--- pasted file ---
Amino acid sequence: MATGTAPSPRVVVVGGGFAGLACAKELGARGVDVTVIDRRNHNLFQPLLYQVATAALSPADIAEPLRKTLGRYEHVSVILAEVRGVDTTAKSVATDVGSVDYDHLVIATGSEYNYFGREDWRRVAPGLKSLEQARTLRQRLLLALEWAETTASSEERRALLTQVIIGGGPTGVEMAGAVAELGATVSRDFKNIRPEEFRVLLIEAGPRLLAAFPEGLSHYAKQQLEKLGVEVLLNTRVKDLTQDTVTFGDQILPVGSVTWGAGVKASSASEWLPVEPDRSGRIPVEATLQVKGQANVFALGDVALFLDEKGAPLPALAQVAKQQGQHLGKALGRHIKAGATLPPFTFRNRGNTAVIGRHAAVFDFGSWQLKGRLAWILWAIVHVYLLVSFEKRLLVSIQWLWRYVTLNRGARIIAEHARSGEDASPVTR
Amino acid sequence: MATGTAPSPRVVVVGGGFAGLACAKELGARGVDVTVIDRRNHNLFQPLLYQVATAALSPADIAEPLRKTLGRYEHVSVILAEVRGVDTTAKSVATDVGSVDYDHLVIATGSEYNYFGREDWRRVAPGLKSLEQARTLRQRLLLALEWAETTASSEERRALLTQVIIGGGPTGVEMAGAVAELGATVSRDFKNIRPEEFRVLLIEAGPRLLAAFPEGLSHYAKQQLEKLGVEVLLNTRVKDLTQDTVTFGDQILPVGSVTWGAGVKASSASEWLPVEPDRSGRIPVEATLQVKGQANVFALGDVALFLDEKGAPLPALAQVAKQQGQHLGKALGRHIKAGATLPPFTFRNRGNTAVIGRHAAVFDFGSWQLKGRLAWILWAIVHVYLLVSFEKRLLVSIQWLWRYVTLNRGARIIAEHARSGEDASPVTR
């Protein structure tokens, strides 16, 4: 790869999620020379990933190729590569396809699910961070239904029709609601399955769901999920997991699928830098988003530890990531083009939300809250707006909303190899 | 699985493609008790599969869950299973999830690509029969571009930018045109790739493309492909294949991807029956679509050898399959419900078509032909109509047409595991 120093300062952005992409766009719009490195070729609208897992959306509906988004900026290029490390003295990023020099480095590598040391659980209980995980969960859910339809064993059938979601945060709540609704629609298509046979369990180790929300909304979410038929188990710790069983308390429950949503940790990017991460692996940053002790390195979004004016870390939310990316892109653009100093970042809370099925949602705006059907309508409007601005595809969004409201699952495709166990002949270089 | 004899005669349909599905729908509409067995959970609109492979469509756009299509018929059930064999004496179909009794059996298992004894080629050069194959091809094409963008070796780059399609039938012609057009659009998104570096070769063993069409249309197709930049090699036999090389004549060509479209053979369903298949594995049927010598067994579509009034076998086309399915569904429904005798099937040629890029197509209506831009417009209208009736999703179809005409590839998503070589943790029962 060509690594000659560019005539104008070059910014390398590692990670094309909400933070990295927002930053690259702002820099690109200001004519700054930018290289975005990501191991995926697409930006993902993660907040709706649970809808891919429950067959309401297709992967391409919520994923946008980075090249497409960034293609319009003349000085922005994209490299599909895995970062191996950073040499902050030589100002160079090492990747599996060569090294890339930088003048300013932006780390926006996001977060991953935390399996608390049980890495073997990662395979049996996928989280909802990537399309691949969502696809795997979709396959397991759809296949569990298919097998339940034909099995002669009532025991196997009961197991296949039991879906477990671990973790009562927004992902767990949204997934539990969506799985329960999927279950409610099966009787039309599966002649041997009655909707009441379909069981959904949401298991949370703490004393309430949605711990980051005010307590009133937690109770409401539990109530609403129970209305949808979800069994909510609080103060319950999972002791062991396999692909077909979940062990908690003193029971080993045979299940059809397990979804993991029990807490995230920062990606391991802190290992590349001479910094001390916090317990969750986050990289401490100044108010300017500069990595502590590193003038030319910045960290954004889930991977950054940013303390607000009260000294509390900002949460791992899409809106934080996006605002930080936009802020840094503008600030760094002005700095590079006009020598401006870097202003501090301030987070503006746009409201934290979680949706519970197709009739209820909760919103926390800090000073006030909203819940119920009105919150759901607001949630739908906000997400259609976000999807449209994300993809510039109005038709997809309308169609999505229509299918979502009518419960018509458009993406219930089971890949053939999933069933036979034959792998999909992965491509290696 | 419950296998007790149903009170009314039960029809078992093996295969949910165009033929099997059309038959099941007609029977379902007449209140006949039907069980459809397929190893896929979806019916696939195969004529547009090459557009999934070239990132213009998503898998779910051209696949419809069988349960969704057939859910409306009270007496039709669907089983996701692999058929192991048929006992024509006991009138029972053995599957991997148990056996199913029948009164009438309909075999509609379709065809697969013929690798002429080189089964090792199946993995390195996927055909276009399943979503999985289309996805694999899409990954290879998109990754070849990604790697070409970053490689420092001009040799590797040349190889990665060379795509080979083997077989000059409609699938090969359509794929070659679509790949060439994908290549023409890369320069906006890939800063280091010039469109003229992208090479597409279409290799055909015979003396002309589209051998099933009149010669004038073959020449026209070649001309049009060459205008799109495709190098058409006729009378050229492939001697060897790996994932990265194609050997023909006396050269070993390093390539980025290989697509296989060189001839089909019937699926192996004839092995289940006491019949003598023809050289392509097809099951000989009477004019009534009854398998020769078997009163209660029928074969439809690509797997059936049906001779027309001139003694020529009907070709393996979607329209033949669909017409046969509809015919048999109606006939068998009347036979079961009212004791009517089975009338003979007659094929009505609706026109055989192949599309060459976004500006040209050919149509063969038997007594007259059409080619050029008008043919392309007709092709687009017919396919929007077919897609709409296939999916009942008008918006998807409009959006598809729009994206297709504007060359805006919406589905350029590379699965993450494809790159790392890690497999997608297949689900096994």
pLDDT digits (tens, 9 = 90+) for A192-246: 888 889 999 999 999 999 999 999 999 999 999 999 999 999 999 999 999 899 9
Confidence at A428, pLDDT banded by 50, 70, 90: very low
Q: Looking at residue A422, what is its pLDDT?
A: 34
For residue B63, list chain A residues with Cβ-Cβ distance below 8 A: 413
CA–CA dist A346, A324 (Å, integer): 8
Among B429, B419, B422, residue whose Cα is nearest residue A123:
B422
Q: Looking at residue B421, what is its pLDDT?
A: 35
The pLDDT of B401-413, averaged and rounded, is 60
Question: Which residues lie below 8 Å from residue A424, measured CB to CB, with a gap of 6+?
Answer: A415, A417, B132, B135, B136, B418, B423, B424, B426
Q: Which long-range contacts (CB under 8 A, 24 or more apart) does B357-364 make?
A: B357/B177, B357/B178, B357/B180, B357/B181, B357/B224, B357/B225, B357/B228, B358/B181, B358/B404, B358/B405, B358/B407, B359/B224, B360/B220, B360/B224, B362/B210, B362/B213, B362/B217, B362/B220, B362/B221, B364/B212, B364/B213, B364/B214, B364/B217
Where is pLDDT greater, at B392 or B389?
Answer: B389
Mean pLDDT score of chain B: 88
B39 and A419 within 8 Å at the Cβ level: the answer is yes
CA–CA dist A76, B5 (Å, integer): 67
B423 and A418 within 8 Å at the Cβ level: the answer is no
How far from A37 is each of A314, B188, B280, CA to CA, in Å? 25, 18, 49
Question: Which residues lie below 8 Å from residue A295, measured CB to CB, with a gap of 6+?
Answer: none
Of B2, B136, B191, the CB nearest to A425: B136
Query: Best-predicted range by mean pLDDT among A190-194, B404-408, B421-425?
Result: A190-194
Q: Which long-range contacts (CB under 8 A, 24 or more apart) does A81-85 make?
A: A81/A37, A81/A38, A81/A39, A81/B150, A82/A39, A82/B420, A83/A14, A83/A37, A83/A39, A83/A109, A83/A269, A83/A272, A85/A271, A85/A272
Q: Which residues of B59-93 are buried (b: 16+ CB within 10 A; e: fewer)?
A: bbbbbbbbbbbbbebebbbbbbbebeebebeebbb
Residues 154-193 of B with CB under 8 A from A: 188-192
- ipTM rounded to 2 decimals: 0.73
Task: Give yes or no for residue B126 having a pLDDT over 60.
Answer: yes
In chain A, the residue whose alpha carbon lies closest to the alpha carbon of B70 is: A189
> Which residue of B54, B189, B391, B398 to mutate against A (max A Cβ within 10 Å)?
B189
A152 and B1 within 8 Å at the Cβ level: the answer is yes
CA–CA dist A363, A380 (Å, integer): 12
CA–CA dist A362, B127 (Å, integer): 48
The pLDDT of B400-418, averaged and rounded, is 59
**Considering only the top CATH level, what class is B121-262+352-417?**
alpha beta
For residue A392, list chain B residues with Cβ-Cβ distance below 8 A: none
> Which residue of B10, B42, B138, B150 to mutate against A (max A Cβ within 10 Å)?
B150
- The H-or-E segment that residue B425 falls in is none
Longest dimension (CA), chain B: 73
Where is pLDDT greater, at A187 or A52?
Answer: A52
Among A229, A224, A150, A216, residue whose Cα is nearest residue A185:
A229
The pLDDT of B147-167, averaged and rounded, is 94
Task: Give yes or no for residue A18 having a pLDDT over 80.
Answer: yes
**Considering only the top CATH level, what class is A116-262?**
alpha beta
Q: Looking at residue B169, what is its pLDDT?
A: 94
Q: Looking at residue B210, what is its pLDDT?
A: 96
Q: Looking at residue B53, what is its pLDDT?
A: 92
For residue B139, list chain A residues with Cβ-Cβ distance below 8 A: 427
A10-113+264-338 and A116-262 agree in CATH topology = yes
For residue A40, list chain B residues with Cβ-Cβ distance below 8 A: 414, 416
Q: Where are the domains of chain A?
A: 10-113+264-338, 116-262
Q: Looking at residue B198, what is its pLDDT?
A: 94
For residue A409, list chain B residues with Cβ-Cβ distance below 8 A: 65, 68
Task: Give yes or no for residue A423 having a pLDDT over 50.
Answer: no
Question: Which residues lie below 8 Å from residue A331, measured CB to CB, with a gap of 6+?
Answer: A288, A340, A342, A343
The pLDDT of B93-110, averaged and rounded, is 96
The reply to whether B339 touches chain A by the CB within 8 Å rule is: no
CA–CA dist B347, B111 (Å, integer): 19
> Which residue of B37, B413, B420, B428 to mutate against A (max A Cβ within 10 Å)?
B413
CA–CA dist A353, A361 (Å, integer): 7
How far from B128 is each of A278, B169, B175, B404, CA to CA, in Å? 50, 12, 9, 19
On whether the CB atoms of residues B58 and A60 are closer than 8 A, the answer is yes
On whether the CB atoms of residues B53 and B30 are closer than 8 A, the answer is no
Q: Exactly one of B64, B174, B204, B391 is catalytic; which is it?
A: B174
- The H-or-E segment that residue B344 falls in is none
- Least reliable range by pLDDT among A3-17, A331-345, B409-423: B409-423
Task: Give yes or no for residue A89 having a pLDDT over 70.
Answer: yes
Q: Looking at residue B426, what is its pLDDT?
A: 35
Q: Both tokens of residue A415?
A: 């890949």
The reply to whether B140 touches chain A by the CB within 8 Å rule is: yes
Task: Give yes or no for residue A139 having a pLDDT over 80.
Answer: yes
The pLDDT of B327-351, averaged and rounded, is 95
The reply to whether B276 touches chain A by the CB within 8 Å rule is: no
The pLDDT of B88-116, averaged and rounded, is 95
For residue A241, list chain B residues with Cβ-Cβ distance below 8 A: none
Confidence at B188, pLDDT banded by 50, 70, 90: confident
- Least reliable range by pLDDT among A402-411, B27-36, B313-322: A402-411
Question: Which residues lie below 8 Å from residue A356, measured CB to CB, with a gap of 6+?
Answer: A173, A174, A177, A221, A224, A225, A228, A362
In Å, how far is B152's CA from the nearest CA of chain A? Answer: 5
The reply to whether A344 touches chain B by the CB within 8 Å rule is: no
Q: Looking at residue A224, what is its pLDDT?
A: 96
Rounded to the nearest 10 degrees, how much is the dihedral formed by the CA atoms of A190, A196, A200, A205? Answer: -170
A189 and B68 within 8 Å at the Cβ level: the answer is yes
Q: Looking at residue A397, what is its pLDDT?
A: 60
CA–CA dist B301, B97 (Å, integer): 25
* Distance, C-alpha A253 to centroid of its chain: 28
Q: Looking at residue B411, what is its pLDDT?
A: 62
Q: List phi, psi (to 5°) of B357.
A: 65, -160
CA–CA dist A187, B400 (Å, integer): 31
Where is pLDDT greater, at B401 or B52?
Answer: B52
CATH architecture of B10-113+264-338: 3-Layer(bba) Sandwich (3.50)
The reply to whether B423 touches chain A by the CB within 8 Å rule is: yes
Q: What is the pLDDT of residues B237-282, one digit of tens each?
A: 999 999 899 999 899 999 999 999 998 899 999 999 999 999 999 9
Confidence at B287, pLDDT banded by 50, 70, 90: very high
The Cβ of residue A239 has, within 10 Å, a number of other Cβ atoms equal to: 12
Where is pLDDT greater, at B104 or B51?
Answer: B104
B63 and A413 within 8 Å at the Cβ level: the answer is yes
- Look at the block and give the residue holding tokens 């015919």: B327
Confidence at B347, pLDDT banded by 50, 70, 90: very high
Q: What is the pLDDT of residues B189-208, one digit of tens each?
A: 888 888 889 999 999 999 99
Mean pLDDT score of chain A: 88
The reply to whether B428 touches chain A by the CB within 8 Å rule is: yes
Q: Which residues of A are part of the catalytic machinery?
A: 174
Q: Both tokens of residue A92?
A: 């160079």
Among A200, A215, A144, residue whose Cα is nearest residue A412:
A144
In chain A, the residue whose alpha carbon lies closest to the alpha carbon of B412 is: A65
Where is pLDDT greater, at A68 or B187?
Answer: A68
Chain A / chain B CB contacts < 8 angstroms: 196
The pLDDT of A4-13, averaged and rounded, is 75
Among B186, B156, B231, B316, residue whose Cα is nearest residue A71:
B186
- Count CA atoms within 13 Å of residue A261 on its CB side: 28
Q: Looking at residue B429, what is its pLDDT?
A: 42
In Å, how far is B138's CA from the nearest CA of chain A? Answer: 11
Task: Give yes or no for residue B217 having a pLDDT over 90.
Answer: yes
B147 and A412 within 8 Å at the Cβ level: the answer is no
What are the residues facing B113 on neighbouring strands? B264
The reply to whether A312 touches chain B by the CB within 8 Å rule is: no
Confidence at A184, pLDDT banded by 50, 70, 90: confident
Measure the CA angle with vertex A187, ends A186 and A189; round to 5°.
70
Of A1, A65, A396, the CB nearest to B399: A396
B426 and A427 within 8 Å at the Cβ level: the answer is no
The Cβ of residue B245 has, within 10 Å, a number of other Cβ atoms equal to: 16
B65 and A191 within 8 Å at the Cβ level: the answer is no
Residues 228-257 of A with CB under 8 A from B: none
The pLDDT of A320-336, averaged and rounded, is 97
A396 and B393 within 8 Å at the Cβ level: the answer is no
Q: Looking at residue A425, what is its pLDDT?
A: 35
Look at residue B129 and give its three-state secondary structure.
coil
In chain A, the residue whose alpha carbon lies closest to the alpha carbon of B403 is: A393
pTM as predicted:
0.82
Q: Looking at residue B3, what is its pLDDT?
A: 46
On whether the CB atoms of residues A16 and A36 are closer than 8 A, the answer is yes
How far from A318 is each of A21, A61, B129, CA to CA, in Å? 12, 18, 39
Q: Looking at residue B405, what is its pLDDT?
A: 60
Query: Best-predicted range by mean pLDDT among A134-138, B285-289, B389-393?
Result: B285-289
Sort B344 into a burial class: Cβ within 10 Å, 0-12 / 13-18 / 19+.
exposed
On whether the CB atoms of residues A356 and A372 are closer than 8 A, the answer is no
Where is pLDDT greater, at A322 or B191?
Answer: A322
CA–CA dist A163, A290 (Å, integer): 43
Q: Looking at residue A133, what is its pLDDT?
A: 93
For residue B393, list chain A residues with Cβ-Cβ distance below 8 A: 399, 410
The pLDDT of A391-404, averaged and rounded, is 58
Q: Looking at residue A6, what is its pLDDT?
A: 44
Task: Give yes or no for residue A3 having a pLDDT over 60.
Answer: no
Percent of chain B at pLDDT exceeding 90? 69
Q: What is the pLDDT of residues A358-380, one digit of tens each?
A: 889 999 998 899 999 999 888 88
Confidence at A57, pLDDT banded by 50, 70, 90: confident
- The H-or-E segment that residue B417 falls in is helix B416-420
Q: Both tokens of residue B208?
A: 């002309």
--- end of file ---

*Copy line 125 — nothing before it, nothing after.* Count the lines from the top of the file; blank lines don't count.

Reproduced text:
Where is pLDDT greater, at B401 or B52?